Conversations for Change: The fight for Black trans lives

Conversations for Change

Community leaders, elected officials, law enforcement and health advocates discuss race inequities in our region in a live special at 7 p.m.

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SAN FRANCISCO, Calif. (KTXL) — Grace F. Lawrence can still laugh despite the violence she’s survived.

“The first time, I was shot in the head. The bullet is still there,” she said. “It can’t be moved.”

She bares the physical and mental scars from living as a Black transgender woman. 

“And the second time, it was battery acid. And then the third time I got attacked by seven guys that time. I fought back bitterly, “And I said, ‘No. Enough is enough. I’m going to live,’” Lawrence told FOX40.

Lawrence founded the Global Transgender Safety Task Force, turning her pain into passion — protecting transgender and non-binary people from violence.

“If I cannot educate and teach and pass this information on any tools for my youth and young adults to be prepared for this world and keep themselves safe, then I see I have failed my community,” she said.

The constant threat of death in her native country Liberia forced her to leave. She found freedom and safety in San Francisco and was granted asylum in 2006. 

But for her, even in the U.S., Black trans women are living in fear.

“You meet a sister, you meet a friend,” Lawrence said. “And four months later, she’s murdered.”

According to the National Center for Transgender Equality,  at least 28 transgender people have been killed so far in 2020. The majority of those deaths are Black trans women.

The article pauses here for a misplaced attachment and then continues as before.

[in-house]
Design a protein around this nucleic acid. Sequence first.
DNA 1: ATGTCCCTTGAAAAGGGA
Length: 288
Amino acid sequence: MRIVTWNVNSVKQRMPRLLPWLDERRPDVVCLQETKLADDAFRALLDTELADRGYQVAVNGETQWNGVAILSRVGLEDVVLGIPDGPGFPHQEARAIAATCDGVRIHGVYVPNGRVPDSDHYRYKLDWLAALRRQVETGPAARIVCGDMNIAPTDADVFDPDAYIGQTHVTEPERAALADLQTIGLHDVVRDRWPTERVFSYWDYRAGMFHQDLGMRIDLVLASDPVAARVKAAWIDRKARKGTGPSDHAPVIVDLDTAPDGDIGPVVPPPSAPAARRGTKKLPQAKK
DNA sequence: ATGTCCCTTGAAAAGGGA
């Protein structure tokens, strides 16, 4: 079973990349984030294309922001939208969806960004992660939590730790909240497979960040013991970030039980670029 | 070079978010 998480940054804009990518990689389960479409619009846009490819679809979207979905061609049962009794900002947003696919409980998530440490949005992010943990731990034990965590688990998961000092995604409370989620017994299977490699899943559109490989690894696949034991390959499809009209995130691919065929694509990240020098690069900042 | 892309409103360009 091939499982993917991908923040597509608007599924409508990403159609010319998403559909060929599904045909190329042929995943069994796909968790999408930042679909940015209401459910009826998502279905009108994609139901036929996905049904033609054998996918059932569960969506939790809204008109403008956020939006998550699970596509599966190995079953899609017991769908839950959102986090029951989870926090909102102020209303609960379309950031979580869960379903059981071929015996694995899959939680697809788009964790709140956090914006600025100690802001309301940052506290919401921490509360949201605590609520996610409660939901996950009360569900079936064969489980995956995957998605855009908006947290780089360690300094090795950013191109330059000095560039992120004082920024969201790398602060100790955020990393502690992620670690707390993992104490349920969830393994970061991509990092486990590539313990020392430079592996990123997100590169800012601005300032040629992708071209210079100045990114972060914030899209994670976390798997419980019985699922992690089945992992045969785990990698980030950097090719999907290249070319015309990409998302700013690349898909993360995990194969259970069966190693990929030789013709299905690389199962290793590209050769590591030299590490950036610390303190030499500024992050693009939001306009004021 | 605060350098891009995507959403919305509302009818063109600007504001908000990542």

“They have fathers, they have mothers, they have brothers and they have sisters,” Lawrence said. “Some of them are parents themselves. I have two grown sons.”

At a time when racial equality and police brutality is at the forefront of the national conversation, Lawrence wants to make sure Black trans women aren’t left out. 

“Trans women are still treated like third- or fourth-class citizens, even with our own Black community,” she said.

According to the National Coalition of Anti-Violence Programs, trans people of color are six times more likely to experience violence from police compared to their White, cisgender counterparts. 

To Lawrence, Black trans women play a vital role in the fight for equality. She wants people to know all Black lives matter, and that includes Black trans lives.

“They, too, are part of the community,” she said. “And they are here to stay.”

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